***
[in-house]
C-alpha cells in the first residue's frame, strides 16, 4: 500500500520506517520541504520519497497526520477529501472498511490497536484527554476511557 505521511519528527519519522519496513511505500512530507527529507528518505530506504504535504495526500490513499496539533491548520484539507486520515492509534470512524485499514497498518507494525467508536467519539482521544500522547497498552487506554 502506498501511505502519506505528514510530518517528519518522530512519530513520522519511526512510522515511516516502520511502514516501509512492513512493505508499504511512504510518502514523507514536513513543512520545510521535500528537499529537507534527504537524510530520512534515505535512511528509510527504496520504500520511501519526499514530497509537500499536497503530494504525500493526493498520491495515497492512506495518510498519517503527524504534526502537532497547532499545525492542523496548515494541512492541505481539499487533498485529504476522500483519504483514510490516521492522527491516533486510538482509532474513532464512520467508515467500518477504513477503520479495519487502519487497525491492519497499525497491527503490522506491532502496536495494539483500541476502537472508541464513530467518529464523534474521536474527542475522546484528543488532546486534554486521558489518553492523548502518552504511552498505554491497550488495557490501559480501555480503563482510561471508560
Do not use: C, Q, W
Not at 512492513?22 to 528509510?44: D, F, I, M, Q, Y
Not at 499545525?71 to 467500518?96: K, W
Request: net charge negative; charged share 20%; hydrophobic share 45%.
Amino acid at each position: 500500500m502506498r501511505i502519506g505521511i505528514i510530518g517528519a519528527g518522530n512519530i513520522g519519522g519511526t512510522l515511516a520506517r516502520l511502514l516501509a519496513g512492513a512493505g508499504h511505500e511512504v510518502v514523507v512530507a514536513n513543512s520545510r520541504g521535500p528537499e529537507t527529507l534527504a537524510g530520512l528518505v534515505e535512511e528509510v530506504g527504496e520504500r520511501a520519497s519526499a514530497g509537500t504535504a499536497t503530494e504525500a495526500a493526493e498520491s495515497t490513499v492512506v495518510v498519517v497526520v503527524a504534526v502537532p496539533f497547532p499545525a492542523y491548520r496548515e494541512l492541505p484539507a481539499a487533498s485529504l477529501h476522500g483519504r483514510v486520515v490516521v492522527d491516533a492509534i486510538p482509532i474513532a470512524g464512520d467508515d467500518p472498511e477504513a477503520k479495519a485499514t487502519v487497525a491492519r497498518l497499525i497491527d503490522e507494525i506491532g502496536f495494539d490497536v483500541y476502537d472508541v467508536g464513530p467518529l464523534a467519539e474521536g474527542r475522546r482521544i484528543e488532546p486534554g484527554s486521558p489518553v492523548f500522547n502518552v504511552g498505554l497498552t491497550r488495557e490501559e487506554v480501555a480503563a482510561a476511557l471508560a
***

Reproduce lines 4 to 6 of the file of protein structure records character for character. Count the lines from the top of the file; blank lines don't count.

Not at 512492513?22 to 528509510?44: D, F, I, M, Q, Y
Not at 499545525?71 to 467500518?96: K, W
Request: net charge negative; charged share 20%; hydrophobic share 45%.